With the rate of homelessness increasing in London, the demand for emergency temporary lodgings is going up as well. However, some families have been unsuitably housed in B&Bs for up to nine months.
Having to share a bathroom among several other guests who are strangers, not having suitable access to a kitchen, and only being allowed limited use of a refrigerator is not the way for a family to live.
According to The Local Government Ombudsman, this was the case of ‘Ms Andrews,’ whose real name cannot be used for legal purposes.
After there had been a violent attack at their home, Ms Andrews applied for housing to the Croydon council for her and her three children and they were put in a shared B&B. Any other housing situation was unavailable to the family at that time, because all private sector rents were too high-priced.
This option was suggested for the family, even though government guidance indicated earlier that B&Bs were not appropriate lodgings for homeless applicants with children unless they are used as a last resort. Also, families are only supposed to stay in temporary housing for six weeks at the most, while more suitable housing is being found for them.
Unfortunately, Ms Andrews and her family lived off of takeaway and in close quarters in the B&B for nine months too long. She could not cook, due to the limited access to the kitchen and spent more money than she wanted to.
Ms Andrews was under a lot of stress from her situation, and her children experienced negative consequences as well, which included a decline in their attendance in school.
David Orr, the chief executive of the National Housing Federation stated that “Every child deserves a decent home to come back to after school, where they can feel secure, and where they can sit down to do their homework. That is what temporary accommodation provides.”
Clearly, Ms Andrews and her family were not well provided for, and this example of re-housing is one of many that have occurred in London lately. The inappropriate use of bed and breakfasts as residences for homeless families beyond the time limit of six weeks has risen by at least 800% since the government took office.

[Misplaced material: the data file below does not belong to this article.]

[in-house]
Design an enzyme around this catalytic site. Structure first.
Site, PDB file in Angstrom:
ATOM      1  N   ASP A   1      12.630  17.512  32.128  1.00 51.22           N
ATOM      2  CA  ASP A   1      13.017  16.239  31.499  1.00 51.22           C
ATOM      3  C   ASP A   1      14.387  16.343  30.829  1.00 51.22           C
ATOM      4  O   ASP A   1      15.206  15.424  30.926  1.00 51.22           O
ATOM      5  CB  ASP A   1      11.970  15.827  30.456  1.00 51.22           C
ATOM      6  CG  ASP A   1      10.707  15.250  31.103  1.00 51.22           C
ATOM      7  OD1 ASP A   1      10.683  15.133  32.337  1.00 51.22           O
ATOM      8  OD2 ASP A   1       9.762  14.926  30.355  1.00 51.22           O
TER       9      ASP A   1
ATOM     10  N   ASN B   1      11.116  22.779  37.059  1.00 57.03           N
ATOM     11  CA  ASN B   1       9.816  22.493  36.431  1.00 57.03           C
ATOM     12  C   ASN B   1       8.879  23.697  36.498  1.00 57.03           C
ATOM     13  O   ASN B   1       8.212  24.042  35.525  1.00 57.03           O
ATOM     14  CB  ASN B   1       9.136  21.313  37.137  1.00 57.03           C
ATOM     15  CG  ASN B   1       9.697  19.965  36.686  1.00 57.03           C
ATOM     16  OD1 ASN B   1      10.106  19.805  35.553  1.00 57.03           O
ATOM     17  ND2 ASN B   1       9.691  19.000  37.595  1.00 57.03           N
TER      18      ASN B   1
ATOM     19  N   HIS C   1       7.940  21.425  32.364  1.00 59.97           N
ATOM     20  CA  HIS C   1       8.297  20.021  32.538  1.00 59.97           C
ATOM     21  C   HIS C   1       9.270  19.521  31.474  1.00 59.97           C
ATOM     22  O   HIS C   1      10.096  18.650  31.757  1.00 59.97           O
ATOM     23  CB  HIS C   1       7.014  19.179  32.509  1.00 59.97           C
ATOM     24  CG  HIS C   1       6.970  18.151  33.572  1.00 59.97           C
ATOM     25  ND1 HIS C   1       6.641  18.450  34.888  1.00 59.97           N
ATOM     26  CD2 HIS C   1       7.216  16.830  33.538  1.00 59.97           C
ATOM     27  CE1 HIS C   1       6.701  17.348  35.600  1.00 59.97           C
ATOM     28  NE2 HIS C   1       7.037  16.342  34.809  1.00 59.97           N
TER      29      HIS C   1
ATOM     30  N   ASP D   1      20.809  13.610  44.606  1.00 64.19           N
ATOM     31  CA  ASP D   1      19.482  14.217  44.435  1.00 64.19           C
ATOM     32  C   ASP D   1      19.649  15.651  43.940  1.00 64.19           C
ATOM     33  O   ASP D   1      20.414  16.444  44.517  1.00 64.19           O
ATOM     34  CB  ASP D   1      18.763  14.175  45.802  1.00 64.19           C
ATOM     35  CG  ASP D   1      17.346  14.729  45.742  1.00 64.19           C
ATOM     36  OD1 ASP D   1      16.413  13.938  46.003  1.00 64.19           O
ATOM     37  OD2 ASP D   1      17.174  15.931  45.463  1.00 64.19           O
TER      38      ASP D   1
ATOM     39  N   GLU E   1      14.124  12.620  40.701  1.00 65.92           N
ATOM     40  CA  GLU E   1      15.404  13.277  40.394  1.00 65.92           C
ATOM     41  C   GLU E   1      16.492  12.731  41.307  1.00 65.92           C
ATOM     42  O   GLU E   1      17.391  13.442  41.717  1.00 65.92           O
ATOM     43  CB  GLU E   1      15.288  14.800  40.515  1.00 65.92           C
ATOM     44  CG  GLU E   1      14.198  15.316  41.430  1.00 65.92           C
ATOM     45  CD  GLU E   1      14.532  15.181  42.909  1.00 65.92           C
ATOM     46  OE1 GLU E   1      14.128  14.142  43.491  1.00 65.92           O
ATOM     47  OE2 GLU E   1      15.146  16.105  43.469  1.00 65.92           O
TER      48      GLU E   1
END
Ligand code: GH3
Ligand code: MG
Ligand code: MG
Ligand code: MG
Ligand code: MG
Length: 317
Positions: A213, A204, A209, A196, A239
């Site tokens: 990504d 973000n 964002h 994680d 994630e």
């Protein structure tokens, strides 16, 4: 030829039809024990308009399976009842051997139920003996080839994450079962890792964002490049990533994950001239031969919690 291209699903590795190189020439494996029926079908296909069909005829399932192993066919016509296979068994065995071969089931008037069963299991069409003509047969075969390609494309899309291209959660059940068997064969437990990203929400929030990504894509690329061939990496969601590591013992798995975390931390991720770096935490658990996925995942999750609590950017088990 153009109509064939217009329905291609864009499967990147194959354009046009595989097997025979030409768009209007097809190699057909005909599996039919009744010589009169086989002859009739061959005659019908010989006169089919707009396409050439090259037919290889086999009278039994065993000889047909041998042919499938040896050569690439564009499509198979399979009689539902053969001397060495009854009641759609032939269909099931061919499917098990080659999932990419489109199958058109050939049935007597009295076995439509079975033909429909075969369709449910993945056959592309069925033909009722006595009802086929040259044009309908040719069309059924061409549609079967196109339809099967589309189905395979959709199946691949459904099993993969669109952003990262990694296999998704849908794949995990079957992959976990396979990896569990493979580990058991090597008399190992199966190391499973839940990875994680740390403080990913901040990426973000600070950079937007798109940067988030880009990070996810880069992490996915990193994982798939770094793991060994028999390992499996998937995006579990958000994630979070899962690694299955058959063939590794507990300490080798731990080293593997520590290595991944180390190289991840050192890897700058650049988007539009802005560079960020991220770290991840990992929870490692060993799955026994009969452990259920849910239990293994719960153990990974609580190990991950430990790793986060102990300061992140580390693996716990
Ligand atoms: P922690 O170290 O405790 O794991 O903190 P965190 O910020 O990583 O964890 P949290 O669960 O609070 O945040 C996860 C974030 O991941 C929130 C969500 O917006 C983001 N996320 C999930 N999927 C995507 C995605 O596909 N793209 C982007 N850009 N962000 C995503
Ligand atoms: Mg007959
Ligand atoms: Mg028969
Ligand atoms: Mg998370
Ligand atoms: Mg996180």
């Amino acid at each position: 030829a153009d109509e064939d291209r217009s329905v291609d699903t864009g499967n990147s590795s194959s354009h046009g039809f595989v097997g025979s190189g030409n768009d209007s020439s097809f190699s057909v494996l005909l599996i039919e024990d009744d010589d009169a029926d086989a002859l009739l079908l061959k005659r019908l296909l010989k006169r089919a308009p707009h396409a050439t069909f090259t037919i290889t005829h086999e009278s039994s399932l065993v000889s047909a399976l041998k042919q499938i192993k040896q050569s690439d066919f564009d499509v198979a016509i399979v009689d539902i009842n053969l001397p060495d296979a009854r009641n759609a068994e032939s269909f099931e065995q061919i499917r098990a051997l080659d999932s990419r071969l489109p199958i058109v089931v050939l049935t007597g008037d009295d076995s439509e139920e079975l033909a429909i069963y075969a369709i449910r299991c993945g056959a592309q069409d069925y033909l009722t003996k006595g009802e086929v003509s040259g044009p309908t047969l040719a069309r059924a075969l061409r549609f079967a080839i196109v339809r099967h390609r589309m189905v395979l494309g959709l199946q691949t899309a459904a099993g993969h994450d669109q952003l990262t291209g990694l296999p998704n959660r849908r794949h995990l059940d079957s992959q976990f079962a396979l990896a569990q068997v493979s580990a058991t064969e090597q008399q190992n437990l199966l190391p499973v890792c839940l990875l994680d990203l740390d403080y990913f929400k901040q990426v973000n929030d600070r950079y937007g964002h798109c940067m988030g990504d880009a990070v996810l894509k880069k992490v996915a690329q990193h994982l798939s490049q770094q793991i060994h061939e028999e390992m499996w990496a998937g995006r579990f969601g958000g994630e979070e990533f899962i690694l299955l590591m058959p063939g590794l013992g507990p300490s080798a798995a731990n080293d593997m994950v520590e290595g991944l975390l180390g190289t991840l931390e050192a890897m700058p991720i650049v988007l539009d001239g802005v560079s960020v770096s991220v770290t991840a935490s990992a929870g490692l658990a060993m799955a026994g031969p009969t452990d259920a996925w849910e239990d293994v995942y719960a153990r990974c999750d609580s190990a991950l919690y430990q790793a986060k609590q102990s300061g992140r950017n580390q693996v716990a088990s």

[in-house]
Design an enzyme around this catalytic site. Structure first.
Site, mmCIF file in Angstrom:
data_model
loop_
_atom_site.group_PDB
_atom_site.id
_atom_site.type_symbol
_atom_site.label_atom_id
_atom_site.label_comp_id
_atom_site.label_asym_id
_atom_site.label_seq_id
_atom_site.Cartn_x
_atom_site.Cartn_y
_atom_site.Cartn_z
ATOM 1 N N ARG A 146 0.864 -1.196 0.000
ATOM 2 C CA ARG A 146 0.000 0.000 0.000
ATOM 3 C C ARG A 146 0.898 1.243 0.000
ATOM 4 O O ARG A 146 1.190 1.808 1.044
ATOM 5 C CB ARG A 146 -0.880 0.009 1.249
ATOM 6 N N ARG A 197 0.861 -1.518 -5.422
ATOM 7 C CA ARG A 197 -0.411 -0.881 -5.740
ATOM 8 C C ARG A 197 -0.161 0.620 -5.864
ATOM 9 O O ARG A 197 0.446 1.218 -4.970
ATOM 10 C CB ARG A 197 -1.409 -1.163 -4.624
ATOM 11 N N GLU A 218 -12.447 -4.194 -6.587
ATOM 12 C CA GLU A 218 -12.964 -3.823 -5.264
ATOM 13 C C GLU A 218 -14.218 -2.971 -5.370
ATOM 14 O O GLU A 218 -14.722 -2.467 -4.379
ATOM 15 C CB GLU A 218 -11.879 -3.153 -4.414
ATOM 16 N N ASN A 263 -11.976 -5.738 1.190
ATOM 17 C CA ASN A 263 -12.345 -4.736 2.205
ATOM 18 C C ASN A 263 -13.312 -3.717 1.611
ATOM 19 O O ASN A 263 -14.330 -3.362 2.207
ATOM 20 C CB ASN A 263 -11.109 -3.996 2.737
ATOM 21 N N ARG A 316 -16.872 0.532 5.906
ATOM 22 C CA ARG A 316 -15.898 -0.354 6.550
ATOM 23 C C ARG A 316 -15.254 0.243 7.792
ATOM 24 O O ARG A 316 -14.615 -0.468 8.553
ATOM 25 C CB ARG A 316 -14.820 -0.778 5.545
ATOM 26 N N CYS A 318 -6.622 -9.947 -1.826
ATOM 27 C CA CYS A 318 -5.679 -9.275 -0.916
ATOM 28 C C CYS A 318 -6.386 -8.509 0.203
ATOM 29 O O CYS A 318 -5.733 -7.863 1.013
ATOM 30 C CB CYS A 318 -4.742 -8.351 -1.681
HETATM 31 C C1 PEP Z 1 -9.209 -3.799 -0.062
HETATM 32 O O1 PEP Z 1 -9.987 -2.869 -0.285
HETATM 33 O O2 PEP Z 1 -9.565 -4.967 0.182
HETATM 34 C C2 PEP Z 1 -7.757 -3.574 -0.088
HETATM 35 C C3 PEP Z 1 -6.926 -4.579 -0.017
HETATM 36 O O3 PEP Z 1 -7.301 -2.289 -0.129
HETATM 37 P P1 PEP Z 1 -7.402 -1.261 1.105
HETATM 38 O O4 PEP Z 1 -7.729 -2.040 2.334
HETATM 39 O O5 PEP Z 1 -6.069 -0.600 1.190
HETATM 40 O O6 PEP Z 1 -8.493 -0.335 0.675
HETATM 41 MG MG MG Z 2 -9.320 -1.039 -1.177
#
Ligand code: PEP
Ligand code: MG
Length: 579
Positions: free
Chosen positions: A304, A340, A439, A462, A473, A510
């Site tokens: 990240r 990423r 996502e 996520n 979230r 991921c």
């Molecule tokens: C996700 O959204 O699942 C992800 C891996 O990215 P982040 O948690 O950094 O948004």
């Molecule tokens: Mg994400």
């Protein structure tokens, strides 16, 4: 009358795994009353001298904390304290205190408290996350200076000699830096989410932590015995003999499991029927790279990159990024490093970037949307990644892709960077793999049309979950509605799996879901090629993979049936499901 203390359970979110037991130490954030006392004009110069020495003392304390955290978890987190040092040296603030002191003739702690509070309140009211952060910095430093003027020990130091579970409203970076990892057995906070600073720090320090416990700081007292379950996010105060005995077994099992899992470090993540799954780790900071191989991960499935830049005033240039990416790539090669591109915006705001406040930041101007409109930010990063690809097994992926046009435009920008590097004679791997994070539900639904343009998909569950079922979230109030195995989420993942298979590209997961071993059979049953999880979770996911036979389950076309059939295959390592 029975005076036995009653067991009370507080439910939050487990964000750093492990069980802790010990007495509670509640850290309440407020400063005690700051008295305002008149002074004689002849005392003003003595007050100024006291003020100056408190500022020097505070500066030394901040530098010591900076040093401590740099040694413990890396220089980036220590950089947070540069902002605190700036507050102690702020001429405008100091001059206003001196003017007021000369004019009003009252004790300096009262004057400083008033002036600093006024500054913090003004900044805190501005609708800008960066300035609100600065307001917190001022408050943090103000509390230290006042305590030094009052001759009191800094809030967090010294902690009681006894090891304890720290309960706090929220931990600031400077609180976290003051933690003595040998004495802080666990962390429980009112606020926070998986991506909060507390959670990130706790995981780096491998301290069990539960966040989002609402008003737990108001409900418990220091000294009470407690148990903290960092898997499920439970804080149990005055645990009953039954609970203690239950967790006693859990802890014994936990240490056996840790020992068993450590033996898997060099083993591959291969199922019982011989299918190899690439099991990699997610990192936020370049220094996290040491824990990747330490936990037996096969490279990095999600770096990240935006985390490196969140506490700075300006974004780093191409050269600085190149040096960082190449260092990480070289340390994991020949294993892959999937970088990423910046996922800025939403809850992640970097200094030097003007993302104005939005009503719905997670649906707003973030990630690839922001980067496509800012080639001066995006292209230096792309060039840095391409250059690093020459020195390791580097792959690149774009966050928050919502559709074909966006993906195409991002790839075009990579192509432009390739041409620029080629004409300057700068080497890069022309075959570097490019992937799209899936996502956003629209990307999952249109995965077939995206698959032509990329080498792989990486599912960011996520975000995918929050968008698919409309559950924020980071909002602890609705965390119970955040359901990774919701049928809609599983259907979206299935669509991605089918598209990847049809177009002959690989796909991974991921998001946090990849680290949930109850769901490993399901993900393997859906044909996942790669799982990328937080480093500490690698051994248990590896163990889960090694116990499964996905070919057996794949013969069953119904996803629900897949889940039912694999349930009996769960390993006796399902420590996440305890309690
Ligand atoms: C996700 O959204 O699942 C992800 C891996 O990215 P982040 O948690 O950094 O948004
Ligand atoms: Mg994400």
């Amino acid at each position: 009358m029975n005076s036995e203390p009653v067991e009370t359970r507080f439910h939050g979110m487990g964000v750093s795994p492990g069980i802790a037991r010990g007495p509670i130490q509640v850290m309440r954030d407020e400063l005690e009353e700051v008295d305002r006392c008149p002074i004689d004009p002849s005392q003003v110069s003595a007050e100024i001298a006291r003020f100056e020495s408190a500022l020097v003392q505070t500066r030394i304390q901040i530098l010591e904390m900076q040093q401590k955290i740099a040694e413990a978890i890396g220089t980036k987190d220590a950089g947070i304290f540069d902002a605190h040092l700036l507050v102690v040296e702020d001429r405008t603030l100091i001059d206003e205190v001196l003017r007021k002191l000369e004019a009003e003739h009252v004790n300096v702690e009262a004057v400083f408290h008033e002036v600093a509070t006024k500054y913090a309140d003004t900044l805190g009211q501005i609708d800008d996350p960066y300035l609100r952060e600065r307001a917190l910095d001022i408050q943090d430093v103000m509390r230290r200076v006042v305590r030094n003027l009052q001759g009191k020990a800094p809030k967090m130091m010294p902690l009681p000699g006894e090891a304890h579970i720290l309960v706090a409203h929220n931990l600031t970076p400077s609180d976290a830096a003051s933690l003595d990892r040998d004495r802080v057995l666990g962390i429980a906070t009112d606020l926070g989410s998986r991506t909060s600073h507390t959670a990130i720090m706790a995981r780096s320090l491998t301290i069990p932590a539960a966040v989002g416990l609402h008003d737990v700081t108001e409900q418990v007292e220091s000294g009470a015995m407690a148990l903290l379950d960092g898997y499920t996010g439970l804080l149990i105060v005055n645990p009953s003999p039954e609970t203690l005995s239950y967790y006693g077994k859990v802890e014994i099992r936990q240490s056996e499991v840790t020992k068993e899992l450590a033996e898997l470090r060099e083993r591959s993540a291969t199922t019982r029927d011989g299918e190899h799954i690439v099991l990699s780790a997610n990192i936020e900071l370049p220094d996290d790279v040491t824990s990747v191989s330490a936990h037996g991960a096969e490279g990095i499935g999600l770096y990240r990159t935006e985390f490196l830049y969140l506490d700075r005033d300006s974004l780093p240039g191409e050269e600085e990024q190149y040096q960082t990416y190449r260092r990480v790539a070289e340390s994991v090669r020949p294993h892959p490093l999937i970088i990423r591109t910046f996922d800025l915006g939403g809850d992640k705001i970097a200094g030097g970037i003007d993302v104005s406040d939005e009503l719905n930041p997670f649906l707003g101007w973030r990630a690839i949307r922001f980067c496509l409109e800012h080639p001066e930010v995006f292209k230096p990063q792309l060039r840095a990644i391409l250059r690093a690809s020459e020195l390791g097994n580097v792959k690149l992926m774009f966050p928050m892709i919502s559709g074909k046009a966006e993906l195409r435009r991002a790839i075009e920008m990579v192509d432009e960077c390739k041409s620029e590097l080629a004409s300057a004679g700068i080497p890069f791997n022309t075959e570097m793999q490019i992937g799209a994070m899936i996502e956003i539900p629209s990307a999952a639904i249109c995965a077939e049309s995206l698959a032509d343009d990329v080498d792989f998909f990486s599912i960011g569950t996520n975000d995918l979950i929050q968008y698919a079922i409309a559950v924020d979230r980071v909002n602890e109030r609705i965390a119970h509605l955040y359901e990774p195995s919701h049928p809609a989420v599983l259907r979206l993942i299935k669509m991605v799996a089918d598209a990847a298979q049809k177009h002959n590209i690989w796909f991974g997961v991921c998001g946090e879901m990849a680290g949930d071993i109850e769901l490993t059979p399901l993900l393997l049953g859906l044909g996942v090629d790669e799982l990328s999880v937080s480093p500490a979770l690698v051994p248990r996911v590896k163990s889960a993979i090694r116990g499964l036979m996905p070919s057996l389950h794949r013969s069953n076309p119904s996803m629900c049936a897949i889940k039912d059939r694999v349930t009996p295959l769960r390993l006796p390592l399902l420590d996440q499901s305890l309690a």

On the Rise
Soaring rent costs, benefit cuts and a recession have led to the increasing rate of homelessness. For these reasons, there was a 50 per cent jump in the amount of homeless people being housed in B&Bs between 2011 and 2012.
At the moment, more than 2,000 families with children are being housed in B&Bs and people who never dreamed of being homeless are now facing the fear of living on the streets.
Housing benefit changes have caused several families to have to leave their homes without any alternative. They are unable to pay rent without the help of the benefits.
According to the BBC, one particular family, the Osmans, moved out of their four bedroom home and now share three bedrooms at a hotel for this reason. Like the Andrews family, they survive on takeaway and the children’s schools are located very far from where they are staying. This makes everyday life even more difficult for them.
Families with older children complain that there is little to no privacy or Wi-Fi, which makes homework nearly impossible.
There is also limited access to washing machines and little to no room to store things. Some families end up having to buy storage spaces with their own money.
Not only are the conditions in the bed and breakfasts unsuitable for families because of the lack of space, privacy and commodities, this option also costs taxpayers and local authorities a lot of money.
There has been an average of £650 a week spent by local authorities throughout England, in order to keep people off the streets and one case of over £21,355 being spent by taxpayers in order to house a single family of five for eight months.
Although some of the homeless have legal entitlement to having accommodations provided for them by a local authority, there are some groups that are left in the dust.
Single homeless people and couples without children do not have entitlement to emergency accommodations and may have to find a place to sleep on their own or risk sleeping rough.
In the case where a family or an individual becomes homeless, the first step that they would take would be to seek advice from their local councils.
The councils may arrange accommodations, however contributions to the cost will be figured out based on income.
If and only if, an emergency situation is at hand, then bed and breakfasts, private hotels and guest houses can be legally used, however they are required to meet certain standards such as having the correct amount of amenities and allowing flexibility for the guests.
This way, the temporary stay, which can only be up to six weeks, will be more pleasant and comfortable for the homeless family or individual.
Luckily, there are also charities that help the homeless by providing them with advice and temporary accommodations.
The situation that Ms Andrews and her family and so many other homeless Britons have gone through was wrong and unfair. Bed and breakfasts were not meant to accommodate entire families, let alone house them for months at a time.